In Florida, burglary is a property crime that involves the entry or occupation of another person’s premises with the intent to engage in unlawful activity.
To charge be charged with burglary, the Florida prosecution must prove that you entered the property with the intent to do something illegal. The prosecution must also prove that you entered without permission, or that you overstayed your welcome.
Burglary is a felony in Florida and may be charged in the first, second, or third degree.
First-degree burglary applies when a motor vehicle is used to destroy the structure or if you caused more than $1,000 in damage to the structure. First degree burglary may carry a sentence to life in prison and a $10,000 fine.
Second-degree burglary applies in situations in which a deadly weapon was not used, or an assault or battery was not committed upon entering the structure. Second-degree burglary can carry a maximum sentence of fifteen years in prison and a fine of up to $10,000.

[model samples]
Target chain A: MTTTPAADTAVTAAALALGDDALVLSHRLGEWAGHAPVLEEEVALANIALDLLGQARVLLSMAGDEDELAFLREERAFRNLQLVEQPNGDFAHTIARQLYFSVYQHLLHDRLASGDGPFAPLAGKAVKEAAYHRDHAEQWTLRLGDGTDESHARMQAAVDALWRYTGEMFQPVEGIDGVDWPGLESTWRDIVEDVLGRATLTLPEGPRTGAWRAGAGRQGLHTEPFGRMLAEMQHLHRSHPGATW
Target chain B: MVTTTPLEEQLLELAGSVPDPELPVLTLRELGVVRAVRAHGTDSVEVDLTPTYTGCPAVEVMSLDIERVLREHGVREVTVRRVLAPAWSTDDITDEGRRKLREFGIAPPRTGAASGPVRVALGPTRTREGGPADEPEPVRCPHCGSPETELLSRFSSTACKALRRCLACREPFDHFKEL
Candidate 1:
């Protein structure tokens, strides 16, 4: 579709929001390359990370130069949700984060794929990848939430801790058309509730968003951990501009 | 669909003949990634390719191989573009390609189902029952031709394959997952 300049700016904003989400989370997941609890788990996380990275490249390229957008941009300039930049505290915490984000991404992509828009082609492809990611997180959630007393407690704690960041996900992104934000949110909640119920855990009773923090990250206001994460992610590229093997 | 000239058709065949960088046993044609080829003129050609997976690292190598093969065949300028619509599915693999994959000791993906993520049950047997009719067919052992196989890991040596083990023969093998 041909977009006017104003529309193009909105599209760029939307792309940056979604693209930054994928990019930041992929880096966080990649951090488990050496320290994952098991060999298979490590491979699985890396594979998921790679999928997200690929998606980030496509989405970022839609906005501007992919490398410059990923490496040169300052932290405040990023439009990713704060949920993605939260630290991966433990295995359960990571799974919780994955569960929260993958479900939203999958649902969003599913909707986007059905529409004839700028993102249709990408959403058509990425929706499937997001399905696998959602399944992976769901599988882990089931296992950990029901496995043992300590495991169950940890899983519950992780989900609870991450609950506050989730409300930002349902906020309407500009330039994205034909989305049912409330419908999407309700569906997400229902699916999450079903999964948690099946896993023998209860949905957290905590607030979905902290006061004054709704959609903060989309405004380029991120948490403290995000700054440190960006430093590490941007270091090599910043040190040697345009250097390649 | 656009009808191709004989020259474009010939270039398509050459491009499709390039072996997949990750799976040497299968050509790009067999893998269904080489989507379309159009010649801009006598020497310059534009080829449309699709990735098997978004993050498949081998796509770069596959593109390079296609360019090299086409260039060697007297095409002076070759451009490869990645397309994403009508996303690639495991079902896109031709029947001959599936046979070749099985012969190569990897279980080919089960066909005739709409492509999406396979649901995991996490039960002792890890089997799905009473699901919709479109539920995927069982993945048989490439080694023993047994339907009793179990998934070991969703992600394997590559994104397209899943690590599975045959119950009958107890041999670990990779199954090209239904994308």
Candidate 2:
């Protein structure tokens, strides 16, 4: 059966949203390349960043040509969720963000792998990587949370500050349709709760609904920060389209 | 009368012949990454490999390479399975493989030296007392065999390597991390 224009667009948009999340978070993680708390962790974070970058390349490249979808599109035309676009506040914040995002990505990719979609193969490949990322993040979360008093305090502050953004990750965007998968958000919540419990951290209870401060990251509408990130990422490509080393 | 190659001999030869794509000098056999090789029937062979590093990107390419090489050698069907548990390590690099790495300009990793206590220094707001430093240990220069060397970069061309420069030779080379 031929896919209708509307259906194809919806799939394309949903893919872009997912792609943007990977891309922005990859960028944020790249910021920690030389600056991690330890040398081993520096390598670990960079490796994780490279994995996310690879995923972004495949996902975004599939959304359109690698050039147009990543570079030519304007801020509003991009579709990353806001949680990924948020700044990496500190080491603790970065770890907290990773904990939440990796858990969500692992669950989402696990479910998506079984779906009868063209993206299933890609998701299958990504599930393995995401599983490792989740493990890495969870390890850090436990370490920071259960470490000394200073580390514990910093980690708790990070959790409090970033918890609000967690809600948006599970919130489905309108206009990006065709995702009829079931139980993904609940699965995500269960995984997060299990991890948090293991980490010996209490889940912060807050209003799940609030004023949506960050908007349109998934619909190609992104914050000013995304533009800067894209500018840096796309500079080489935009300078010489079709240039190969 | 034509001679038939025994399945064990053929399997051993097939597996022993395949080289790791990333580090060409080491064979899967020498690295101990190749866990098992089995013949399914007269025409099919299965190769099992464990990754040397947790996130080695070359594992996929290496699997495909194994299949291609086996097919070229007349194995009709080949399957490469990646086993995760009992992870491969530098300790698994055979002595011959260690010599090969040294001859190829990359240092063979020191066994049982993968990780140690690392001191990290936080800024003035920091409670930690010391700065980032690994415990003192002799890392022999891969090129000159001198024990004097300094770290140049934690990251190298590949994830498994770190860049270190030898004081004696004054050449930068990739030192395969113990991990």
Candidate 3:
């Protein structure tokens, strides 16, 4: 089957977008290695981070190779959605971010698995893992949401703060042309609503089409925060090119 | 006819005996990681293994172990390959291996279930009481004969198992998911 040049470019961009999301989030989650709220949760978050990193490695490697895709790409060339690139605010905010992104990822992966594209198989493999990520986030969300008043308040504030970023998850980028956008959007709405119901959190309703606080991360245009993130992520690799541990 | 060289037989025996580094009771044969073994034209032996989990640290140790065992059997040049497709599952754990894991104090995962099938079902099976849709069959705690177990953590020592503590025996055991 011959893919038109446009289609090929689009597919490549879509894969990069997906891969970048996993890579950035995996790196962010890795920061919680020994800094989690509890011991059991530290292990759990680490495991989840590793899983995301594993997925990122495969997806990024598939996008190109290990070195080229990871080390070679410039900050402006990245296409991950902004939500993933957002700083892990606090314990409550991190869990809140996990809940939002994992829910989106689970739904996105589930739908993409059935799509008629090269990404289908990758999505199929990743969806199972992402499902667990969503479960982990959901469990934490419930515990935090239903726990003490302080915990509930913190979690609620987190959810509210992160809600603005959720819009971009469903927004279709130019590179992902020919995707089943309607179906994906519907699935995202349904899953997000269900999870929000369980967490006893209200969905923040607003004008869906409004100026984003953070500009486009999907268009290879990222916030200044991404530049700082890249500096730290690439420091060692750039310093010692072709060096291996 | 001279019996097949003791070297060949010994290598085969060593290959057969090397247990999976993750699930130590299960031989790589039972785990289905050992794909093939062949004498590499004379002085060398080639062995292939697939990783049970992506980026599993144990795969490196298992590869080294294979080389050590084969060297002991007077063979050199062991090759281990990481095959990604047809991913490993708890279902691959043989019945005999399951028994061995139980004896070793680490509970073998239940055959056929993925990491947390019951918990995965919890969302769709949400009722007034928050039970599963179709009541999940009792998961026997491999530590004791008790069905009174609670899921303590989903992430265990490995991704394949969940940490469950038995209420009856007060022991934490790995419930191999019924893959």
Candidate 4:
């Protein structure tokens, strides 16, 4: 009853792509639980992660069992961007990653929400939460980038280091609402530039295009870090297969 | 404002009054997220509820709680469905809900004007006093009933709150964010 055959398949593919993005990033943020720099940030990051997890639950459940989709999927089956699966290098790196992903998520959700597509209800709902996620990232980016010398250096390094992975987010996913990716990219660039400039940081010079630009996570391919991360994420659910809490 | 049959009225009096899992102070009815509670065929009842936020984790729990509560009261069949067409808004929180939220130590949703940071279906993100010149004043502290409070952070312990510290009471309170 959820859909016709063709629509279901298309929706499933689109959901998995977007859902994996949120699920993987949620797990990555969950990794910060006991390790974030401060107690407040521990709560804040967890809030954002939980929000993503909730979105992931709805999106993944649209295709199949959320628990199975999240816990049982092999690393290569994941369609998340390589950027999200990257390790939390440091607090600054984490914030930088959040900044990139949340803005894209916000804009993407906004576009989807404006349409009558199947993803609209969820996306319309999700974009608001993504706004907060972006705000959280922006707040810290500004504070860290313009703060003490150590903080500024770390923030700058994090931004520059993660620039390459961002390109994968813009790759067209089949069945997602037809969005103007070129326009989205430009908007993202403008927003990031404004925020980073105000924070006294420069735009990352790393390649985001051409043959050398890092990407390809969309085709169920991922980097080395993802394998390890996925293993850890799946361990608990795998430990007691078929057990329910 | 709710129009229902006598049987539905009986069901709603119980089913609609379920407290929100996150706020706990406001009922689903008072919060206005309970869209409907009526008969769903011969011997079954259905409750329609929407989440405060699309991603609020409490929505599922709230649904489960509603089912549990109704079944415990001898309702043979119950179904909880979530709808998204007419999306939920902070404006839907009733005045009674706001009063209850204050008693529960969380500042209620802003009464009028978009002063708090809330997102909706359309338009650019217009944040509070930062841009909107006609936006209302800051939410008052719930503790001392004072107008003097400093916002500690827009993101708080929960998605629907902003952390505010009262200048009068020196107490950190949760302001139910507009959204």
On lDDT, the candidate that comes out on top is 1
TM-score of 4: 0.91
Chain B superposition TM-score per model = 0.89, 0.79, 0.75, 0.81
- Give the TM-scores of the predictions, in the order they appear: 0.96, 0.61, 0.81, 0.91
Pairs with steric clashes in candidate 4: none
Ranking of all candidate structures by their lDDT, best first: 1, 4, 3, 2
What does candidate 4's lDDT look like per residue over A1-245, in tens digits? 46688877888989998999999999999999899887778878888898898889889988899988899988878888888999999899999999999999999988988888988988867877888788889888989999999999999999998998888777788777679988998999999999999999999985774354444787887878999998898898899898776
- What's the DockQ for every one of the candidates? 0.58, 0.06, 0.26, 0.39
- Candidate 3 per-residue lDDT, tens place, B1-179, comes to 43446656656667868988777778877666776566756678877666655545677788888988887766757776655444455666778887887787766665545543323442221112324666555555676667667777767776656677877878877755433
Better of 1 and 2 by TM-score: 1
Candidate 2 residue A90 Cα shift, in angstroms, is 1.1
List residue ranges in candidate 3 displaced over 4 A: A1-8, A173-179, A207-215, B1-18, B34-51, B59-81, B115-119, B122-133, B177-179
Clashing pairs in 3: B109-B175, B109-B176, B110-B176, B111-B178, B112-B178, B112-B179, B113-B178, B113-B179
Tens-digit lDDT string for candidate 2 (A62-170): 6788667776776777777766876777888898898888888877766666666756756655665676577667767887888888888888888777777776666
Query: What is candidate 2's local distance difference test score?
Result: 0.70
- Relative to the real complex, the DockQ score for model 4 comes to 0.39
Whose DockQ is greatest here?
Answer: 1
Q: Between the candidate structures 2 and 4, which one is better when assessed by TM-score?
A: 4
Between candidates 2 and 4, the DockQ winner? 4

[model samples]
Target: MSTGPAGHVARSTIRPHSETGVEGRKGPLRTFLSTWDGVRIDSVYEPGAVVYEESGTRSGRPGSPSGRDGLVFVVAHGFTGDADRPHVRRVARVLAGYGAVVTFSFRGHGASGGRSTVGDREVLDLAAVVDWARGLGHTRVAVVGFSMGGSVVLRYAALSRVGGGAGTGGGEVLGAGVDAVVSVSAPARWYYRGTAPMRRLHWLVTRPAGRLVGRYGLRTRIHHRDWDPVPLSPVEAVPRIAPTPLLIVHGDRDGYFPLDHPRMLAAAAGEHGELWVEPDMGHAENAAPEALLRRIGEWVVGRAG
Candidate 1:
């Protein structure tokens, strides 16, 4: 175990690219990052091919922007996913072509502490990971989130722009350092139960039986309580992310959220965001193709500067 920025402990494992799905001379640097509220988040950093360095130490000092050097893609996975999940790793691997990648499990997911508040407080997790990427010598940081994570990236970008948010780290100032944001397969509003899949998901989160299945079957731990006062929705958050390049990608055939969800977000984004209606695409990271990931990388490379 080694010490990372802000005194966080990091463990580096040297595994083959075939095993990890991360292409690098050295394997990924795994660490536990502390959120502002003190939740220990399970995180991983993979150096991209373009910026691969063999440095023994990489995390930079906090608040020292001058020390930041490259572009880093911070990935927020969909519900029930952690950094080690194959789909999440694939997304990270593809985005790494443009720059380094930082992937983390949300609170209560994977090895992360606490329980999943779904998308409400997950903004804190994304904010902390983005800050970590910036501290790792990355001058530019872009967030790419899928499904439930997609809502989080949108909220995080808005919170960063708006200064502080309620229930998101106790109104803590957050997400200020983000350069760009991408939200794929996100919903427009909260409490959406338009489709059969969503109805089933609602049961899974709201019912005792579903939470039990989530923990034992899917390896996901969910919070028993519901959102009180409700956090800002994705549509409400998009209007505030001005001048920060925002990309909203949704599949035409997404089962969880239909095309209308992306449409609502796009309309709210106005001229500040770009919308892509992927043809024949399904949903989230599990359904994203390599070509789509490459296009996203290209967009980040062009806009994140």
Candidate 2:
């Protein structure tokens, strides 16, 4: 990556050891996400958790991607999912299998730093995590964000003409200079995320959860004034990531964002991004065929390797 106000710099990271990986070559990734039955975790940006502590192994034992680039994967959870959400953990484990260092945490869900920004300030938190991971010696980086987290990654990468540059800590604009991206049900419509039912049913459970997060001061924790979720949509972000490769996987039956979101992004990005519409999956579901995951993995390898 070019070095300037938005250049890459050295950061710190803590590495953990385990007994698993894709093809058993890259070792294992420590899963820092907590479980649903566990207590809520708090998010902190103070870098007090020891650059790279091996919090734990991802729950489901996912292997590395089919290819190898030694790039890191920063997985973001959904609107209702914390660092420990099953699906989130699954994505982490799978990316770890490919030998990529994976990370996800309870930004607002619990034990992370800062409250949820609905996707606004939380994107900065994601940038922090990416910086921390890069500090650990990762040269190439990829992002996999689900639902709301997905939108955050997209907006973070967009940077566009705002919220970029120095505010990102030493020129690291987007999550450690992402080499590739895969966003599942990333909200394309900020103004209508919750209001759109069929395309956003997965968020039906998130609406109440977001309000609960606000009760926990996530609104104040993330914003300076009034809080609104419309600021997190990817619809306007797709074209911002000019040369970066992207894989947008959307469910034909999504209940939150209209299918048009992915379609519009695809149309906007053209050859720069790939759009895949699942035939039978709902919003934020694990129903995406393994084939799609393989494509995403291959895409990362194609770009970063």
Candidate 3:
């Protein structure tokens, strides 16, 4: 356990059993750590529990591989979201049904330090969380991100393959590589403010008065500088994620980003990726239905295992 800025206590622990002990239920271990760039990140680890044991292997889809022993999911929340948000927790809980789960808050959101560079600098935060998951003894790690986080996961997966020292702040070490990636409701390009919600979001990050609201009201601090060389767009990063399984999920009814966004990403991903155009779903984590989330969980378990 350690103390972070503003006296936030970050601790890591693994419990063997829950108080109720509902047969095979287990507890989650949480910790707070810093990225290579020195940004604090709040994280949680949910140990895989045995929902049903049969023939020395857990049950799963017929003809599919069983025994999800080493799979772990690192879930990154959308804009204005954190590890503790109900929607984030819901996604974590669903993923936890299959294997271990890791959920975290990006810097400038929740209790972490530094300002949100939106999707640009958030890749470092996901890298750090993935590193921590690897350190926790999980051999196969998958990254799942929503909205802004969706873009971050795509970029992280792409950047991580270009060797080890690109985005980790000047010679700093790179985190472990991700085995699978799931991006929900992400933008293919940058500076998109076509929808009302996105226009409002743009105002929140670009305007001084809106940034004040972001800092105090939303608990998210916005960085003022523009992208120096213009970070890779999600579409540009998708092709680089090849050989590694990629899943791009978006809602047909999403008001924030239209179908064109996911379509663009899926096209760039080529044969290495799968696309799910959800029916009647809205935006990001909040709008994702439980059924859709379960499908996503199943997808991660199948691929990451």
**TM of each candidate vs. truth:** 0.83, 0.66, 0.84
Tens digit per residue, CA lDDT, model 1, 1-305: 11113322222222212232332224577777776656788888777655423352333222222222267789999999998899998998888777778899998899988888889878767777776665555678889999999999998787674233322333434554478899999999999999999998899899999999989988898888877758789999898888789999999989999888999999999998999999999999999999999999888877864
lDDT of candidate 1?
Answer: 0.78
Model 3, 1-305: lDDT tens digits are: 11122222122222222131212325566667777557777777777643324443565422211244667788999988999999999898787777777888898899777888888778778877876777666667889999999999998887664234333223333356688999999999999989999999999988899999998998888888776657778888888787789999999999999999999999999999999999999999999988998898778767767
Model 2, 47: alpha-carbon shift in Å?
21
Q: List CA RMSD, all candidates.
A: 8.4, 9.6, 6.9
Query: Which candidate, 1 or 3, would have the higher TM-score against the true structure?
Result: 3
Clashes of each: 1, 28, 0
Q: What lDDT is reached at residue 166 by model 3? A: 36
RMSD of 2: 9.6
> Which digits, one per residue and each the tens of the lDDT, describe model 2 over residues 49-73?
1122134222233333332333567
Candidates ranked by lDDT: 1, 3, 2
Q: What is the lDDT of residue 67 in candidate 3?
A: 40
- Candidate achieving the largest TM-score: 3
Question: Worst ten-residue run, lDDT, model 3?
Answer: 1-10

Third-degree burglary may be charged when the occupants of the dwelling were not present at the time the structure was entered, and no assault or battery occurred at the time of entering. Third-degree burglary can carry a maximum prison sentence of five years and a fine of up to $5,000.
As with other property crimes that require specific intent, a skilled criminal defense defense attorney can craft a compelling legal defense on your behalf. Common defenses for burglary in Florida include:
The owner of the premises consented to your presence there;
The premises were open to the public; and
You lacked the necessary intent to commit a crime within the structure.
If you’ve been charged with a burglary in Florida, it is important to engage an experienced criminal defense attorney to help you navigate the process and to craft a strong defense on your behalf.